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Tied Up In Noughts

By: Gila Tal, Beit Shemesh, Israel
2006 Travel and Transitions travel story contest participant

When I was twenty-three I was living in Johannesburg and I needed a job. My boyfriend's father knew the owner of South African Playboy Magazine and he got me an interview. The owner (I don't recall his name) was launching a new women's health magazine.

Imagine the offices: posh, lavish, up- market, Playboy bunny photos everywhere (life-size). Imagine me: young, broke, feminist, left-wing, most comfortable in pajamas. I was an inexperienced journalism graduate from Ottawa in a borrowed blouse from my boyfriend's mother. 

Pointing to a wall of Playboy Magazine covers, I was asked to spot the problem. I gawked at the rows of busts and behinds in various alluring poses. My mind was as stripped of ideas as they were of clothing.

"You can't see the headlines clearly," he explained.

It was clear that I had failed this first test. Then he introduced me to his secretary.  I did not have polished nails or even polished shoes. My outfit was appropriate for a job interview as a typist in a real estate appraisal office: neat, clean, modest. It was certainly not glossy, glamorous, glitzy or grand. She was the tight skirt, low cut, can't recall original hair color type.

"My degree is from Ottawa," I began, "I apprenticed at Ottawa Magazine."

I'm sure she imagined the place like this: one biggish room with a female quarterback turned writer huddled over her ancient typewriter. She fondly went by the name, Smokey; not only because of the home-rolled cigarettes she liked to smoke, but also for the live fish she'd catch with her bare hands and roast over an open fire behind the office. Our coverage consisted of tractor-pull events and interviews with major dart competition winners.

"Could you really write for my South African audience?" she asked me, in ten different ways. The phrase cultural and linguistic differences inflated the air around us. I flatly denied these artificial obstacles, sighting my recent submersion in South African culture. But she looked doubtful. I already knew that a robot was a traffic light and an oak was not a tree, but a guy— any guy.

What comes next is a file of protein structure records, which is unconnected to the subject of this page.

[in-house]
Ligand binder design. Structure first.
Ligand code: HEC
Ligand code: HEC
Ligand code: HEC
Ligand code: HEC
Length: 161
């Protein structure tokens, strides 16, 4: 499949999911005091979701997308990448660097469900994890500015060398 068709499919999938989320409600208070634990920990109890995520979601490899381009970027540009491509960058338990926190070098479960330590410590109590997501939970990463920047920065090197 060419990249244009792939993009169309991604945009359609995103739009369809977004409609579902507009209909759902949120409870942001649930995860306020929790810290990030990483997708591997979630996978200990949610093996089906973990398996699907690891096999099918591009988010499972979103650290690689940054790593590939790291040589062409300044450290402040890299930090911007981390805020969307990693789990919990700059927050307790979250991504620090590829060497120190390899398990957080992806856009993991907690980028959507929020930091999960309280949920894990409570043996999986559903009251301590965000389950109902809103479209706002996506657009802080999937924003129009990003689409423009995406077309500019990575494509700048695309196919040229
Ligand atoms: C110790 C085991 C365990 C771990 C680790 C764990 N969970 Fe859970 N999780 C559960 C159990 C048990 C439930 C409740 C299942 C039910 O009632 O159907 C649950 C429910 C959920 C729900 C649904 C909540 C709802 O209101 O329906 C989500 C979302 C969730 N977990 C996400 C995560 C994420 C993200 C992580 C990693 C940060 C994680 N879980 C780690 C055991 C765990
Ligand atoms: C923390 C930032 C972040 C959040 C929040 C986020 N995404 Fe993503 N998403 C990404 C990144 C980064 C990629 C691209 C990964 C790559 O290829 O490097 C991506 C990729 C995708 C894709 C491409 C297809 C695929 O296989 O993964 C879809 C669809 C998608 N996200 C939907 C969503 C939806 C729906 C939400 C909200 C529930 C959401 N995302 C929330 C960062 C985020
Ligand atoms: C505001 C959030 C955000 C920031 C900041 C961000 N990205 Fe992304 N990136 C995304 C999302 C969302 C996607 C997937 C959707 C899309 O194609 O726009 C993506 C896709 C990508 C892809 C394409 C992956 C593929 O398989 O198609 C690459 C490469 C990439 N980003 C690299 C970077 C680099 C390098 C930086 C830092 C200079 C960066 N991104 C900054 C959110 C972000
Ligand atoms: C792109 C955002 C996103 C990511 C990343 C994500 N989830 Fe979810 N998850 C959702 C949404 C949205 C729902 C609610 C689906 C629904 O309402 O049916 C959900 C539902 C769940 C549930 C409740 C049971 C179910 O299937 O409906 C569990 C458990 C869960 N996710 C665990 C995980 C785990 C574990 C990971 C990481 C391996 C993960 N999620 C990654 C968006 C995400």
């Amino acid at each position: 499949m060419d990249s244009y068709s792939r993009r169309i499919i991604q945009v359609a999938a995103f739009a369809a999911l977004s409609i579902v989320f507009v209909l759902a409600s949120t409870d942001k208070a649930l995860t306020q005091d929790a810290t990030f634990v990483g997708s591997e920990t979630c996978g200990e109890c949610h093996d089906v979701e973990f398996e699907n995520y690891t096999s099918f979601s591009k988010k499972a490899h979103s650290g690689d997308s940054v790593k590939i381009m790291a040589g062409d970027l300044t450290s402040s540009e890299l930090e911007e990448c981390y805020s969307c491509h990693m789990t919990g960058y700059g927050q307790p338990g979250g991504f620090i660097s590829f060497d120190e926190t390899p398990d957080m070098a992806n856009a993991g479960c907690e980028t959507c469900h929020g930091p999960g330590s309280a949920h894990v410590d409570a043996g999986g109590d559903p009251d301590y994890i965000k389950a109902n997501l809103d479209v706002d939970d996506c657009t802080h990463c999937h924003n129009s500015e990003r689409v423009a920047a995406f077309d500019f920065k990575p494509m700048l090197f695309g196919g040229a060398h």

"Ya, just go left at the third robot, look for another robot and go right and ask another oke from there," I was told, the first time I asked someone for directions. Visions of R2D2 and C3P0 filled my head as I wondered if robots roamed the streets in Africa, giving directions in order to save on manpower or perhaps, scaring off speeders as scarecrows frighten birds.

I knew millies weren't old aunties swinging on porches whistling Dixie; they were corn on the cobs, just as a braai (rhymes with pie) wasn't the sound of a bleating sheep, but rather a BBQ. I could go on and on, but I am sure you can see how linguistically obstacle-less I really was.

I spent a good deal of time trying to convince my inquisitor, uh my interviewer of this. Finally we settled on a deal: she would give me an assignment to prove I could disguise my writing as native. She rose to leave and I understood I was supposed to do likewise, but I had no car or rather, transport, with me.

  "Can I call to be picked up umm fetched?"              
She nodded, gathering up her stack of important-looking papers.
"Just dial nought," she said, on her way out.

Dial not? Dial naught? Dial knot?  I ran through my mental list of linguistic equivalents, searching for the ones beyond the mundane:flat=apartment; into the exotic; globe= light bulb; polystyrene= Styrofoam; smart= stylish. No, nothing about nots, knoughts, nougats, knots, nothing about any of those.

I dialed nine as was common in Canada, but I was greeted by the silence of the telephone line: no clicks, beeps, glicks and no noughts of any kind. I couldn't get an outside line! I tried dialing one. How about M for murder? I was not only not going to get this position, I was going to die of self-murder; a kind of translinguistic suicide. She poked her blonde-dyed head back in
"Everything in order?"
"Oh yes, ya, my boyfriend should be here any minute, moment."
"You could wait at reception."
  "Of course, umm with pleasure."

She closed the door again. One last hysterical try. Was I hoping she'd have meetings elsewhere, so that I could bed down for the night? Maybe I thought my boyfriend would figure out that my interview must be over and just appear. I don't know how much time passed as I pondered the mysteries of the South African telephone system. She re-entered. I could see she was getting angry umm cross.
"Are you quite all right?"

"Well," I confessed, "I am actually having a bit of trouble with the telephone. 1“What did you say to dial again?"

"I said dial nought."
Mercifully someone called to her and she was gone again. 

Why did I do that? Why didn't I admit that I didn't know how to use the telephone? Was it a crime overseas?

She opened the door for a fourth time; mine was the neck on the hangman's noose.
"Umm actually," I began again in that oh so professional manner she probably thought I'd acquired at Ottawa Magazine.
"What exactly is nought?"

I heard, no I felt the ground fall out from underneath my legs and there I was, swinging in the air, the hangman's grinning face obvious, even under his black masque.
"Zero," she whispered, "Nought means zero"

It sounded like she said, "We don't hire idiots" or "Go back to the outback.”
"Thank you," I hope I said.  The receiver practically slipped out of my sweaty  palms.

I don't know why I handed in the assignment. A week later I got a call from a receptionist telling me that I wasn't suitable. I wonder why nought?

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